Retail giant Walmart is the latest big corporation to join MediLedger – a blockchain working group tasked with exploring ways to secure supply chain management for pharmaceutical products.
With the enactment of the Drug Supply Chain Security Act (DSCSA) in 2013, greater interoperability has become a priority issue for drug makers and distributors. Pfizer, Premier, McKesson, Genentech and other firms have already onboarded with MediLedger and, like Walmart, will be collaborating on an “industry-owned permissioned blockchain network of the pharmaceutical sector based on open standards and specifications.”
The MediLedger project was launched in 2017 by Silicon Valley startup Chronicled – a company that provides enterprise supply chain solutions – and brings together industry leaders with a system designed to safeguard the logistics infrastructure. Healthcare generally consists of large, conservative companies that have historically been very comfortable in their industry silos but buy-in for blockchain encryption is growing.
“Blockchain technology may hold a key to establishing a trusted network of information that both industry partners and regulators can rely on to aid in maintaining the security of the legitimate supply chain and thwarting the behavior of nefarious players,” said Center for Supply Chain Studies founder Bob Celeste.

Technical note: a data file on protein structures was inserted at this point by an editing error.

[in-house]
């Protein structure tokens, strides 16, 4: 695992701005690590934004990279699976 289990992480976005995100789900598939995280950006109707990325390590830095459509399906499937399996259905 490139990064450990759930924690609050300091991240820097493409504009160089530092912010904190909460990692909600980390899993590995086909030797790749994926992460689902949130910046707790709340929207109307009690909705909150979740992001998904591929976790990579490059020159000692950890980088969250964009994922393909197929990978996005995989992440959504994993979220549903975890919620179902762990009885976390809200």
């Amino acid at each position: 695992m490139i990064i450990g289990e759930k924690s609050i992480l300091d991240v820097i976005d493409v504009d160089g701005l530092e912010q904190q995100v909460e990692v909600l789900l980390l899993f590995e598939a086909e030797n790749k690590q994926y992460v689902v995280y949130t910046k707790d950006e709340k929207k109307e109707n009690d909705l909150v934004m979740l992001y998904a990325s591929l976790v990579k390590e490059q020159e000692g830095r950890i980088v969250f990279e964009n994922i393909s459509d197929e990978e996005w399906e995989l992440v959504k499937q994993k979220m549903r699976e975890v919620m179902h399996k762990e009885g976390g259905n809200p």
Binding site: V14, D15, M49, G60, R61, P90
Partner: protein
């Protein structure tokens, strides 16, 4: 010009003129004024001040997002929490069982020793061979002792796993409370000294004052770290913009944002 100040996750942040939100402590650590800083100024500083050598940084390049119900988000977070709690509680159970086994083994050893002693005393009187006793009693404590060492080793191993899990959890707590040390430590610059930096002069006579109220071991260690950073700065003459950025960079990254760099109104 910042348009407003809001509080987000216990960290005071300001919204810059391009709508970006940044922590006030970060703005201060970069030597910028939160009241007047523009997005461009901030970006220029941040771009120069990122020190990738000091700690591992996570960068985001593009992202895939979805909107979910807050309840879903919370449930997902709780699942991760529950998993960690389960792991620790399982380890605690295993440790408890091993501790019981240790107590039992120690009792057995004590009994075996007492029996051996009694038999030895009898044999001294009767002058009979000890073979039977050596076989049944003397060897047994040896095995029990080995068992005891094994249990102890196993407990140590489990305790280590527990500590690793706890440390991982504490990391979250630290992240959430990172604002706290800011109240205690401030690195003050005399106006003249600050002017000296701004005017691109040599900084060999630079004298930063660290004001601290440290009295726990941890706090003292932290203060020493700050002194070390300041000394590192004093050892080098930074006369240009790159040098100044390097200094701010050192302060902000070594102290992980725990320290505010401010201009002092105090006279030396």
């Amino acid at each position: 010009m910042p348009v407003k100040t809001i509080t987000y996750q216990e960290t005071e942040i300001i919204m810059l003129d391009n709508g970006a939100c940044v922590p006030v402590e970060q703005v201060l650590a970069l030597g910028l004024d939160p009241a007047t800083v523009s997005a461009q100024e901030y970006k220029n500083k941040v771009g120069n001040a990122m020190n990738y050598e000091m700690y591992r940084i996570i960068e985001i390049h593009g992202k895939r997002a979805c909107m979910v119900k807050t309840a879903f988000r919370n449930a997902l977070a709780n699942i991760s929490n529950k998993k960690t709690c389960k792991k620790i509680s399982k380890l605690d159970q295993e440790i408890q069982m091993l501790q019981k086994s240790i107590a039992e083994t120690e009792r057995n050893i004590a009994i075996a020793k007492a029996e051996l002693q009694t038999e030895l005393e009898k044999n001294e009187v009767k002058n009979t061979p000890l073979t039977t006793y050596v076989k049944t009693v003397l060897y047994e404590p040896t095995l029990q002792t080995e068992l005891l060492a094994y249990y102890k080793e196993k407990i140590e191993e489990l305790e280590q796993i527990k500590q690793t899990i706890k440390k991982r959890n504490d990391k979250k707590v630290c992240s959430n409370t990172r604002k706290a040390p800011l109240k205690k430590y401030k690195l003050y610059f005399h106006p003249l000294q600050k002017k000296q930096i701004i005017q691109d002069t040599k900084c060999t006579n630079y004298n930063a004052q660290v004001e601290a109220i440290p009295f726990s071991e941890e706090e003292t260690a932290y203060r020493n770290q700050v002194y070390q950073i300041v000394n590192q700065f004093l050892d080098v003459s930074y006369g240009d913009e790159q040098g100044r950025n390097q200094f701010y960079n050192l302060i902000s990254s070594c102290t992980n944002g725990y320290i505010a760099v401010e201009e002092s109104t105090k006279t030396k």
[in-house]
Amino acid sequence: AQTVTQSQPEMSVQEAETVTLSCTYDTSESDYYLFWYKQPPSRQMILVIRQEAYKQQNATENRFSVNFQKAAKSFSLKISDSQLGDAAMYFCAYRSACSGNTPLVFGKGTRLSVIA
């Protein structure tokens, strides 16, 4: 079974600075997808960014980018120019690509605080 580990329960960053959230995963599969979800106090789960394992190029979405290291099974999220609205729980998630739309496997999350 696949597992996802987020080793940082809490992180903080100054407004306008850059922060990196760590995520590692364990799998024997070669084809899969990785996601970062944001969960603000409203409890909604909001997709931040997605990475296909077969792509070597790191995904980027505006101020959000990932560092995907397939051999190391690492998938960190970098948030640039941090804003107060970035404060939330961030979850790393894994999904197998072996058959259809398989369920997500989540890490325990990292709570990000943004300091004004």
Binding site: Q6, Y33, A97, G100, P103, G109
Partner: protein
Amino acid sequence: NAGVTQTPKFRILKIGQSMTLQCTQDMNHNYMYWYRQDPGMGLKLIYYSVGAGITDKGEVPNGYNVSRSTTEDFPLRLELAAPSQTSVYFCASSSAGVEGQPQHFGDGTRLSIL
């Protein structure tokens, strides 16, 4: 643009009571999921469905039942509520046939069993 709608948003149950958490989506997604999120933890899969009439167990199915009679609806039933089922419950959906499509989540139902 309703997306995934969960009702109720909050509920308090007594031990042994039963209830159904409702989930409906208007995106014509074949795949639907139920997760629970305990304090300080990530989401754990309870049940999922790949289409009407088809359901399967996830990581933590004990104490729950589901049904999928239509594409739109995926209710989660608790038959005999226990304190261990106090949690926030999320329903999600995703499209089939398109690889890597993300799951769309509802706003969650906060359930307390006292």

If the initiative is successful, everyone from drug manufacturers and wholesalers to hospitals and health clinics will be logging drug deliveries on a blockchain network. As for what this would look like in practice, a network of computers would verify the origin and authenticity of a shipment whenever someone received a delivery of pharmaceutical goods. In theory, this would happen at every stage of the distribution process and, consequently, make it more challenging for thieves and counterfeiters to interfere with the products.
“It’s distributed, it’s decentralized, and the data is private,” explained Chronicled CEO Susanne Sommerville in a statement. “Even though Chronicled is providing the technology, industry users operate the software themselves.”
Another layer of security comes from the fact no one individual or organization owns the system. It operates as a series of permission-based nodes controlled by each participant in the network. Transactions require participant consensus on certain details without having to share other kinds of information with member users.
As an early adopter of blockchain technology, Genentech sees their work with MediLedger as a natural next step to adding unique identifiers to make their products traceable.
“Ensuring the safety of people receiving our medicines is of utmost importance to us,” said Mark Watrous, Genentech’s senior vice president of managed care and customer operations. “We look forward to exploring the potential benefits that this pilot could provide in protecting our medicines across the entire supply chain.”